- Because rotating counterclockwise from the positive x-axis will at first enter the positive y-axis, thus both axes would at first be positive. So, it makes sense to call that direction of rotation a positive rotation.(3 votes)

## Video transcript

- [Voiceover] What I
want to do in this video is get some practice, or
become familiar with what different angle measures in
radians actually represent. And to get our familiarity, we're gonna start with a ray
that starts at the origin, and moves along, and... Not moves, and points
along the positive X axis. We're gonna start with this magenta ray, and we're gonna rotate
it around the origin counterclockwise by
different angle measures. And think about what
quadrant do we fall into if we start with this and we
were to rotate counterclockwise by three pi over five radians? And then, if we start with this, and we were to rotate counterclockwise by two pi over seven radians? Or, if we were to start with this, and then rotate counterclockwise
by three radians? We encourage you to pause
the video and think about, starting with this, if we were to rotate
counterclockwise by each of these, what quadrant are we going to end up in? Assume you've paused the video, and you've tried it out on your own, so let's try this first
one, three pi over five. Three pi over five, so
we're gonna start rotating. If we go straight up, if we rotate it, essentially, if you want to think in degrees, if you rotate it
counterclockwise 90 degrees, that is going to get us to pi over two. That would have been a counterclockwise rotation
of pi over two radians. Now is three pi over five
greater or less than that? Well, three pi over five, three pi over five is greater than, or I guess another way I can say it is, three pi over six is less
than three pi over five. You make the denominator smaller, making the fraction larger. Three pi over six is the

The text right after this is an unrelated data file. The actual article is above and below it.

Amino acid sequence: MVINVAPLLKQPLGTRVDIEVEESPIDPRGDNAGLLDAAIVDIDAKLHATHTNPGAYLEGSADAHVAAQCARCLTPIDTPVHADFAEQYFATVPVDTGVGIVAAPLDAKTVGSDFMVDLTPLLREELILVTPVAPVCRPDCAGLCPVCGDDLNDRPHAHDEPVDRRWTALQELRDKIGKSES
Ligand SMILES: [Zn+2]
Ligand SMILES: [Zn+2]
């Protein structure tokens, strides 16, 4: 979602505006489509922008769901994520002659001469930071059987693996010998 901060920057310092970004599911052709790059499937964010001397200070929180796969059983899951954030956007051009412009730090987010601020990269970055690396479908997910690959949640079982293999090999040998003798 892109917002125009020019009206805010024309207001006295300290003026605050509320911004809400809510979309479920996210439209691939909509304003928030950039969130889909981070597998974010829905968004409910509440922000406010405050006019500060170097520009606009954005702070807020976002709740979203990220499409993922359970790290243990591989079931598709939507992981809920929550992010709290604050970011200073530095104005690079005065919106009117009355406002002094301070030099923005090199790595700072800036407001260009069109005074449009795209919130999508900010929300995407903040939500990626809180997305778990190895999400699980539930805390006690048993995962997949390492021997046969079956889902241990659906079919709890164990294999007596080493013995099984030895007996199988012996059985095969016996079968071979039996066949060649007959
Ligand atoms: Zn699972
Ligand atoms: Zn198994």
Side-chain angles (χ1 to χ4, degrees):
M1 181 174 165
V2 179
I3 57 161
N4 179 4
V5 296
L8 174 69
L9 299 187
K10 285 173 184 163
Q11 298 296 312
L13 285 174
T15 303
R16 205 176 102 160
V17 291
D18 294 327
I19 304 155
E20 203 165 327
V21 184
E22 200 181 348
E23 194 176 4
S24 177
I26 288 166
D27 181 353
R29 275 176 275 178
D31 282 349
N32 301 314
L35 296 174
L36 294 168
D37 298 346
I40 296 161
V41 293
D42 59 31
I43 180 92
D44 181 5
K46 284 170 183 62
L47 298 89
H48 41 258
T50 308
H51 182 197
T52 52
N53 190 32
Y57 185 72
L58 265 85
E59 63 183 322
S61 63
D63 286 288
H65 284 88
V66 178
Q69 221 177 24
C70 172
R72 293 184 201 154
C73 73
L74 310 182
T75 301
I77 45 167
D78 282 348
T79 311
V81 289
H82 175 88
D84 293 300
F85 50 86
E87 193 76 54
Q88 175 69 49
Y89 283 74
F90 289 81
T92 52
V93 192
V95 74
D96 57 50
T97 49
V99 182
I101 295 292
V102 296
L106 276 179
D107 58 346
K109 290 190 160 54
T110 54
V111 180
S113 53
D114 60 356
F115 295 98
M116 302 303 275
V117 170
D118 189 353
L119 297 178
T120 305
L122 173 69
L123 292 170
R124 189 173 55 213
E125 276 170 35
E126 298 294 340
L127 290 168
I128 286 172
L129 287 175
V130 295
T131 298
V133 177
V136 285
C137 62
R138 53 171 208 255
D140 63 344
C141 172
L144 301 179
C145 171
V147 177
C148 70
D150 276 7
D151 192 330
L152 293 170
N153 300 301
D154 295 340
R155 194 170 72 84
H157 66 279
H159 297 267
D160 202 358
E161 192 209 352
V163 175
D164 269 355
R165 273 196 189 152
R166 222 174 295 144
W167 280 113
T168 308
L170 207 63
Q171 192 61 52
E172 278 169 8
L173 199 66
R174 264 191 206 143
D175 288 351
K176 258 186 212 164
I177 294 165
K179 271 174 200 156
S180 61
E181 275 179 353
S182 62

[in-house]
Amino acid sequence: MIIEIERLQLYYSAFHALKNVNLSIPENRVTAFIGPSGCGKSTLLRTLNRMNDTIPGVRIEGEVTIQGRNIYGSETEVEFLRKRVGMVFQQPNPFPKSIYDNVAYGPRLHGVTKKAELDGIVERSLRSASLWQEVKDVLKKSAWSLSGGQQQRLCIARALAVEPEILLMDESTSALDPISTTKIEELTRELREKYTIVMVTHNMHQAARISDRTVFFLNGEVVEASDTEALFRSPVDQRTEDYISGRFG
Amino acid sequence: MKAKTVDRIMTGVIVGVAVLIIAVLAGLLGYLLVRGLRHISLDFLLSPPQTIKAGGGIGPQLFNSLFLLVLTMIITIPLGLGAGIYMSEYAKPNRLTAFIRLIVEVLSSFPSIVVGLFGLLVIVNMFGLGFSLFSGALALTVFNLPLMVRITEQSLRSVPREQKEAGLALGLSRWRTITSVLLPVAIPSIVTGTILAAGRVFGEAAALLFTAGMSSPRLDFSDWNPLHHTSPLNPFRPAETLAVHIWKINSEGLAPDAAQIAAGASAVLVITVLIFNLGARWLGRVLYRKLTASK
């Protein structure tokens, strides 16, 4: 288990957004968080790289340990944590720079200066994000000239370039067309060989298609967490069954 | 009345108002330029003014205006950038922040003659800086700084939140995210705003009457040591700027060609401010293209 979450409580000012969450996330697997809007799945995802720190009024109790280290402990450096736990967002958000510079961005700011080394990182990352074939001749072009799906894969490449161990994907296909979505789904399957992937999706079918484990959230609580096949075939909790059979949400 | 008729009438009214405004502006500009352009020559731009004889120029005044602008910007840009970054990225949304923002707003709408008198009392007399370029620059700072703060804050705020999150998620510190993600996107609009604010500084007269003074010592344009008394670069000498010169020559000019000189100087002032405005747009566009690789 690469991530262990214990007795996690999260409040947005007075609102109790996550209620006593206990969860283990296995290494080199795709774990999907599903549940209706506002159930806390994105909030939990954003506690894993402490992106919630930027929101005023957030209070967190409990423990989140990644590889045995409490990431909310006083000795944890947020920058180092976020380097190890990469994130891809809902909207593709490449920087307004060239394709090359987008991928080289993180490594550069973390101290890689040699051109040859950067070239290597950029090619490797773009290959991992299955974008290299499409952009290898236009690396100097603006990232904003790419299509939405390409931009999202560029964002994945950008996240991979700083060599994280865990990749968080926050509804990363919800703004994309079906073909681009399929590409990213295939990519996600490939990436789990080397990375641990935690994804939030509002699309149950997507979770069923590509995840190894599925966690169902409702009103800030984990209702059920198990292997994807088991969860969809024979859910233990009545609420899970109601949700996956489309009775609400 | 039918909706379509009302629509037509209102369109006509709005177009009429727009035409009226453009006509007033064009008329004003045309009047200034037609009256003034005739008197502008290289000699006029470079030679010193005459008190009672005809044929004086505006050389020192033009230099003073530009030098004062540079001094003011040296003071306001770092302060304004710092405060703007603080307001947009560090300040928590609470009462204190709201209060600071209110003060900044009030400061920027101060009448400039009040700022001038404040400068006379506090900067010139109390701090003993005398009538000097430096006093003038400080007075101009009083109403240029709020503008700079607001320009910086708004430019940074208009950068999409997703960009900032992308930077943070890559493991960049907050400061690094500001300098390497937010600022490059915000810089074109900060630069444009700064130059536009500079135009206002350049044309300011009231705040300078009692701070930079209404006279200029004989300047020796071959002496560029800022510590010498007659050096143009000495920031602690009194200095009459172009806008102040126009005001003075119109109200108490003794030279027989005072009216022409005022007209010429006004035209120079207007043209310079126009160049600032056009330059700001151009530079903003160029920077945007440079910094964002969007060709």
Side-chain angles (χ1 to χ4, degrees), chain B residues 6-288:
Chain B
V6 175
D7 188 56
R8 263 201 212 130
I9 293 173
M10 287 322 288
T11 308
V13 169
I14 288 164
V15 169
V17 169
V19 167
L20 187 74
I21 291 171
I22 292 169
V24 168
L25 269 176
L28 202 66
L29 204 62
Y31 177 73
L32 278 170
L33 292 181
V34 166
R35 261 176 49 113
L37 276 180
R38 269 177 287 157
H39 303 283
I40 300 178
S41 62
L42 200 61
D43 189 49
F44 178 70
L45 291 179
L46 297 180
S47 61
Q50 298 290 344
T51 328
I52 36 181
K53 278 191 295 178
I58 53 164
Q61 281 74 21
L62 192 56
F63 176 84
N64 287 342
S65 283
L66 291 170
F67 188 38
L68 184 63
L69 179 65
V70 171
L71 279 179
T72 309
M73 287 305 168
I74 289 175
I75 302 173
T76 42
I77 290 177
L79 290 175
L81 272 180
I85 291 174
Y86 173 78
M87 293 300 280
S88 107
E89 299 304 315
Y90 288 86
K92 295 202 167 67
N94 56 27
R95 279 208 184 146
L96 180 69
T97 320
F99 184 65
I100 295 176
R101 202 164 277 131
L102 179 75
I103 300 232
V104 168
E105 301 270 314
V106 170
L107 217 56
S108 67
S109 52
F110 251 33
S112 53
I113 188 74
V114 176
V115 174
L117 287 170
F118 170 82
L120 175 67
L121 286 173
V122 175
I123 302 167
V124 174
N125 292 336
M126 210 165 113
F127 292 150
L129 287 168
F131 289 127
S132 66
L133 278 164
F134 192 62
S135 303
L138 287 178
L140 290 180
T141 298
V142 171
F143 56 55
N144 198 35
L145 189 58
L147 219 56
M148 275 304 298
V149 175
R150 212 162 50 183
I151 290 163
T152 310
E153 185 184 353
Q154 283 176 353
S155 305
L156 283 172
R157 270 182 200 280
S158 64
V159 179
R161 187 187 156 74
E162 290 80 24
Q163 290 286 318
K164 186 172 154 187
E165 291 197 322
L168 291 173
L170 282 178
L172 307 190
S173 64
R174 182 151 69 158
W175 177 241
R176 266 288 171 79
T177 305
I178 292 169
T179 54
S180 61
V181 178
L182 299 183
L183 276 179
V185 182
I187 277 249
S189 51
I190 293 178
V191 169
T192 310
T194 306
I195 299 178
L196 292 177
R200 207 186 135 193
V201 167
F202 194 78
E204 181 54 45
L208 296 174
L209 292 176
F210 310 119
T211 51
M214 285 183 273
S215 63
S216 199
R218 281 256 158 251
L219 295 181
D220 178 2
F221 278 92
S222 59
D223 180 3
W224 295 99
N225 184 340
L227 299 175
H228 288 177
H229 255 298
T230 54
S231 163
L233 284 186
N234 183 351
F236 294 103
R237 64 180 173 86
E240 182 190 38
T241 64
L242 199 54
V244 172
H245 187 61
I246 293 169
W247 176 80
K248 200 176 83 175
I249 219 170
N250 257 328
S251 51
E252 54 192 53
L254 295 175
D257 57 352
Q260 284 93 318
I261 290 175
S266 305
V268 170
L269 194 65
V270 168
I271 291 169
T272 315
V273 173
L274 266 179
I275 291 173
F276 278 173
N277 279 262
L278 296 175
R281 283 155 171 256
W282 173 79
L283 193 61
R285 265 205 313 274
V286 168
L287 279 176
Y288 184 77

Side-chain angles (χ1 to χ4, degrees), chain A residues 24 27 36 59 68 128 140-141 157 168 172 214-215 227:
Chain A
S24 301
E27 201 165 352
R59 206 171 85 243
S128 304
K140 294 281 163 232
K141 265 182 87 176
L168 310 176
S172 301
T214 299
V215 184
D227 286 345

same thing as pi over two. So, let me write it this way. Pi over two is less
than three pi over five. It's definitely past this. We're gonna go past this. Does that get us all the way over here? If we were to go, essentially, be pointed in the opposite direction. Instead of being pointed to
the right, making a full, I guess you could say 180 degree
counterclockwise rotation, that would be pi radians. That would be pi radians. But this thing is less than pi. Pi would be five pi over five. This is less than pi radians. We are going to sit, we are going to sit someplace, someplace, and I'm just estimating it. We are gonna sit someplace like that. And so we are going to sit
in the second quadrant. Let's think about two pi seven. Two pi over seven, do we
even get past pi over two? Pi over two here would
be 3.5 pi over seven. We don't even get to pi over two. We're gonna end up, we're gonna end up someplace, someplace over here. This thing is, it's greater than zero, so we're gonna definitely
start moving counterclockwise, but we're not even gonna get to... This thing is less than pi over two. This is gonna throw us
in the first quadrant. What about three radians? One way to think about it is, three is a little bit less than pi. Right? Three is less than pi but it's greater than pi over two. How do we know that? Well, pi is approximately 3.14159 and it just keeps going on and on forever. So, three is definitely closer to that than it is to half of that. It's going to be between
pi over two, and pi. It's gonna be, if we start
with this magenta ray, we rotate counterclockwise
by three radians, we are gonna get... Actually, it's probably gonna be, it's gonna look something, it's gonna be something like this. But for the sake of this exercise, we have gotten ourselves, once again, into the second quadrant.